By contrast, Theresa May, the Shadow Secretary of State for the Family, stated on 5 October 2004 that legislation to be published within the first two months of a Conservative government would create a "legal right" for both parents to be involved in raising their children and a "presumption of co-parenting" (The Times, 9 October). Given its stance against a legislatively expressed presumption of contact, the Government may face a dilemma in deciding whether the UK should sign and ratify the Council of Europe Convention on Contact Concerning Children, which contains as its first principle (in Article 4), to be applied by judicial authorities, that children and parents have the right to obtain and maintain regular contact with each other. Some concerns have been expressed about the compatibility of the Contact Convention with current domestic law. The Department of Constitutional Affairs (DCA) has issued its consultation paper on the Council of Europe Convention on Contact Concerning Children (see  International Family Law).
Calls for reforms to the procedures for handling contact disputes, and for the enforcement of orders, are gath0ering momentum and display considerable, albeit not entire, consensus as to the best way forward. In a number of recent and high-profile decisions, Family Division judges have highlighted the defects, delays and the "futility" of the current court-based system, the frustration experienced by many applicants for contact orders (a disproportionate number of whom are fathers, despite the law’s formal gender neutrality, since the resident parent is most commonly the mother) and the unsatisfactory enforcement mechanisms.
The proposals contained in the DCA consultation paper ‘Parental Separation’ include: restructuring legal aid and supporting the Family Advice and Information Service (FAInS) "to incentivise early dispute resolution"; an in-court conciliation system; a shift in the focus of the Children and Family Court Advisory and Support Service (Cafcass) from report-writing to "active problem-solving"; supporting agreements promoting judicial continuity; new measures for the enforcement of court orders, including the "referral of a defaulting parent… to a variety of resources…"; an imposition of community-based orders; and the award of financial compensation, eg for lost holiday costs.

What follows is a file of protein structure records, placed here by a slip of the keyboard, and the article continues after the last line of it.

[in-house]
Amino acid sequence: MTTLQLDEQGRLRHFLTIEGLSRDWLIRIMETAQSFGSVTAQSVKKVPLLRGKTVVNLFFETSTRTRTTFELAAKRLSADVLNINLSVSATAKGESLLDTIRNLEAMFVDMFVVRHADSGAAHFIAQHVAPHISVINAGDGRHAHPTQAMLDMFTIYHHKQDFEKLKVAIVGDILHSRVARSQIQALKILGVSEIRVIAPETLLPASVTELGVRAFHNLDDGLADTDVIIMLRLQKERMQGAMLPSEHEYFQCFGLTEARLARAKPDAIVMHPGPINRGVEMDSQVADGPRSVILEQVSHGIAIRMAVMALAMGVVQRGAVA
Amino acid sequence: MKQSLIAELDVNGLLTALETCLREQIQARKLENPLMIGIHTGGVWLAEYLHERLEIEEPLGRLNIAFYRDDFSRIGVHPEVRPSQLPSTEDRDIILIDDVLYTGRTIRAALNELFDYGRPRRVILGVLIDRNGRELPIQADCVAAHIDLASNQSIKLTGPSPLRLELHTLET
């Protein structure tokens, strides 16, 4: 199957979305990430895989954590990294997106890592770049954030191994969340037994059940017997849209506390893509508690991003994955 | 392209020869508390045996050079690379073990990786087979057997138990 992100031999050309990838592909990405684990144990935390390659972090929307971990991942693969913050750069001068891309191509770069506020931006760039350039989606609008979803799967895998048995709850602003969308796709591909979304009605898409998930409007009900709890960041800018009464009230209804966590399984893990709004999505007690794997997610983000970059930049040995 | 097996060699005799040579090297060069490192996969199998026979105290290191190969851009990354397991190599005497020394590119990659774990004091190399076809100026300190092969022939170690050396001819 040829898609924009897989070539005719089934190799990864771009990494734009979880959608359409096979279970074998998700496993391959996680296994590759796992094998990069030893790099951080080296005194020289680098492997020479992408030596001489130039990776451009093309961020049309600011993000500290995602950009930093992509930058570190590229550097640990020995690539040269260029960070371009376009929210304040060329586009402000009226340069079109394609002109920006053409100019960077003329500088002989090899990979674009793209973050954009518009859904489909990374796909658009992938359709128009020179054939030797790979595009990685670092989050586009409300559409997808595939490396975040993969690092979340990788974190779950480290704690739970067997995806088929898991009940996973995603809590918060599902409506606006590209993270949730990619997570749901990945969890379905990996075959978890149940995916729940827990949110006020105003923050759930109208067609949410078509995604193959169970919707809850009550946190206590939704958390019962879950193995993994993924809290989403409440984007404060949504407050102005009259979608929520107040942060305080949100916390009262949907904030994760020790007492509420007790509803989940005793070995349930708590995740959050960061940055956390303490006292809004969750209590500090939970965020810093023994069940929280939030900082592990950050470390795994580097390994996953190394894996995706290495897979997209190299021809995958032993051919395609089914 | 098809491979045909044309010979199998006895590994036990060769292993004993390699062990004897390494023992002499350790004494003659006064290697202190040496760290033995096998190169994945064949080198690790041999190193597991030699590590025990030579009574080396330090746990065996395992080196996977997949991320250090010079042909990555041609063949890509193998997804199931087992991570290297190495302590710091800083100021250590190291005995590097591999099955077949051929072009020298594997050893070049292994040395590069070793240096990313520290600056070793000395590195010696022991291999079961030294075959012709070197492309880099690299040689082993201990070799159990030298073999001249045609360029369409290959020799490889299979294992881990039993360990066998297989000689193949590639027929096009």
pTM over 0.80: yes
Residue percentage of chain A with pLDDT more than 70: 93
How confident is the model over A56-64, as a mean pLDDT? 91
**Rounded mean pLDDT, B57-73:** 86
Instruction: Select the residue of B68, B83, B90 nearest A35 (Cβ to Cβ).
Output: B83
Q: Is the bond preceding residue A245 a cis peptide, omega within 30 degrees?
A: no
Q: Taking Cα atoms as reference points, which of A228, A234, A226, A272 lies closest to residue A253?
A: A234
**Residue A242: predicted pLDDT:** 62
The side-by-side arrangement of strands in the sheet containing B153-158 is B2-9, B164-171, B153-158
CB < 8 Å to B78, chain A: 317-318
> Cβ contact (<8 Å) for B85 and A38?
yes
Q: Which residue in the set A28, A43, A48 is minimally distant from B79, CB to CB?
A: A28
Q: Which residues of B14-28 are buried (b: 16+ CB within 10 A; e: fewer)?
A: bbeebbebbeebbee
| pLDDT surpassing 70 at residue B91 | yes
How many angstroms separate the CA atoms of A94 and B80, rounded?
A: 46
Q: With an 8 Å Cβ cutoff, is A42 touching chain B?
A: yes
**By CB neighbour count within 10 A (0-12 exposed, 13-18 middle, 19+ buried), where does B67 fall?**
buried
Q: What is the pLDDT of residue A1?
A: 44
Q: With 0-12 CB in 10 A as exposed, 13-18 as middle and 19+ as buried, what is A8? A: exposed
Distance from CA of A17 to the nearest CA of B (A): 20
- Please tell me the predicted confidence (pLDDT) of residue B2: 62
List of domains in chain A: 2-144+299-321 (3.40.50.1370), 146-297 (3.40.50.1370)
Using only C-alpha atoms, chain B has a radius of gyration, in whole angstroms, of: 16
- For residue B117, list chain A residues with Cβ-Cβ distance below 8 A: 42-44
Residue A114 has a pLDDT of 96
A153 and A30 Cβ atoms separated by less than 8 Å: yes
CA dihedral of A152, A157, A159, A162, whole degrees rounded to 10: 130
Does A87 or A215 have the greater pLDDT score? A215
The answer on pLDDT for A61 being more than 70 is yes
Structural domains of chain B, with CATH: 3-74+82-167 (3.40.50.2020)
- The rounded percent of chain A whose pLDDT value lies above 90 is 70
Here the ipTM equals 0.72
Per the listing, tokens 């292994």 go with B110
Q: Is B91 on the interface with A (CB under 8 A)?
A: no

The style and language of the ‘Parental Separation’ paper is highly reminiscent of the 1999 White Paper ‘A New Contract for Welfare’, in particular their subtitles (that of the 1999 paper being Children’s Needs and Parents’ Responsibilities). But every member of the judiciary and the practising profession knows that what is important in delivering reforms to the family justice system, whatever the context, is not upbeat rhetoric and stirring generalisations in attractively-presented publications, but rather a firm Government commitment to increased resourcing. It is still too early to tell whether such a commitment exists.
Kevin Hand is head of family law at Kidd Rapinet and Rebecca Bailey-Harris is a barrister at 1 Hare Court